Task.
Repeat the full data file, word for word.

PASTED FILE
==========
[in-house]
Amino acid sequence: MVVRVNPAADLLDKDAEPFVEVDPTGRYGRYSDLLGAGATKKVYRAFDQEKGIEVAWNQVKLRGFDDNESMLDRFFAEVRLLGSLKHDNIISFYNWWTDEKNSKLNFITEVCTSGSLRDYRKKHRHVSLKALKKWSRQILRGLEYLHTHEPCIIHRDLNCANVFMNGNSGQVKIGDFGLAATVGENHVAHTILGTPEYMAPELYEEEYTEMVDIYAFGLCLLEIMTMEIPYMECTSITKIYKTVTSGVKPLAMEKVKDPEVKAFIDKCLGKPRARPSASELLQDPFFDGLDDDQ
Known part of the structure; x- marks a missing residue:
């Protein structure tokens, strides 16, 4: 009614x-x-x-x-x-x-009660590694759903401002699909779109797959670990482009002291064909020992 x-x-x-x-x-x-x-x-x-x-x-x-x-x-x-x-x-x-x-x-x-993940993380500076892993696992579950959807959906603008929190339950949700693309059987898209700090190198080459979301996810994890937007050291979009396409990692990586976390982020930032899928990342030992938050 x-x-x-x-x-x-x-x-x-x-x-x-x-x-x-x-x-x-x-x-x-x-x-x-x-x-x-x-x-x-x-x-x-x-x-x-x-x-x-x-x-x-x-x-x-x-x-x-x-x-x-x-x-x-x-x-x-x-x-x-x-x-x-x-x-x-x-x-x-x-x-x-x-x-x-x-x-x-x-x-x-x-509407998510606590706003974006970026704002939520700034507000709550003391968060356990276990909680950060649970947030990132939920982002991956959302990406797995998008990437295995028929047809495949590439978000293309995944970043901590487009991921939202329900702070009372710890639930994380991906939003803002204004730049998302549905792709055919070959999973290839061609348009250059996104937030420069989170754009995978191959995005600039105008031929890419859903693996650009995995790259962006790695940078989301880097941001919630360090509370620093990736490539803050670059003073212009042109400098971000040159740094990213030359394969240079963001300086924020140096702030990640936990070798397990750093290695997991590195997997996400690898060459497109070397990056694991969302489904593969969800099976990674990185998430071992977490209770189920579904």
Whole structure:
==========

[in-house]
Amino acid sequence: MVVRVNPAADLLDKDAEPFVEVDPTGRYGRYSDLLGAGATKKVYRAFDQEKGIEVAWNQVKLRGFDDNESMLDRFFAEVRLLGSLKHDNIISFYNWWTDEKNSKLNFITEVCTSGSLRDYRKKHRHVSLKALKKWSRQILRGLEYLHTHEPCIIHRDLNCANVFMNGNSGQVKIGDFGLAATVGENHVAHTILGTPEYMAPELYEEEYTEMVDIYAFGLCLLEIMTMEIPYMECTSITKIYKTVTSGVKPLAMEKVKDPEVKAFIDKCLGKPRARPSASELLQDPFFDGLDDDQ
Known part of the structure; x- marks a missing residue:
């Protein structure tokens, strides 16, 4: 009614x-x-x-x-x-x-009660590694759903401002699909779109797959670990482009002291064909020992 x-x-x-x-x-x-x-x-x-x-x-x-x-x-x-x-x-x-x-x-x-993940993380500076892993696992579950959807959906603008929190339950949700693309059987898209700090190198080459979301996810994890937007050291979009396409990692990586976390982020930032899928990342030992938050 x-x-x-x-x-x-x-x-x-x-x-x-x-x-x-x-x-x-x-x-x-x-x-x-x-x-x-x-x-x-x-x-x-x-x-x-x-x-x-x-x-x-x-x-x-x-x-x-x-x-x-x-x-x-x-x-x-x-x-x-x-x-x-x-x-x-x-x-x-x-x-x-x-x-x-x-x-x-x-x-x-x-509407998510606590706003974006970026704002939520700034507000709550003391968060356990276990909680950060649970947030990132939920982002991956959302990406797995998008990437295995028929047809495949590439978000293309995944970043901590487009991921939202329900702070009372710890639930994380991906939003803002204004730049998302549905792709055919070959999973290839061609348009250059996104937030420069989170754009995978191959995005600039105008031929890419859903693996650009995995790259962006790695940078989301880097941001919630360090509370620093990736490539803050670059003073212009042109400098971000040159740094990213030359394969240079963001300086924020140096702030990640936990070798397990750093290695997991590195997997996400690898060459497109070397990056694991969302489904593969969800099976990674990185998430071992977490209770189920579904």
Whole structure: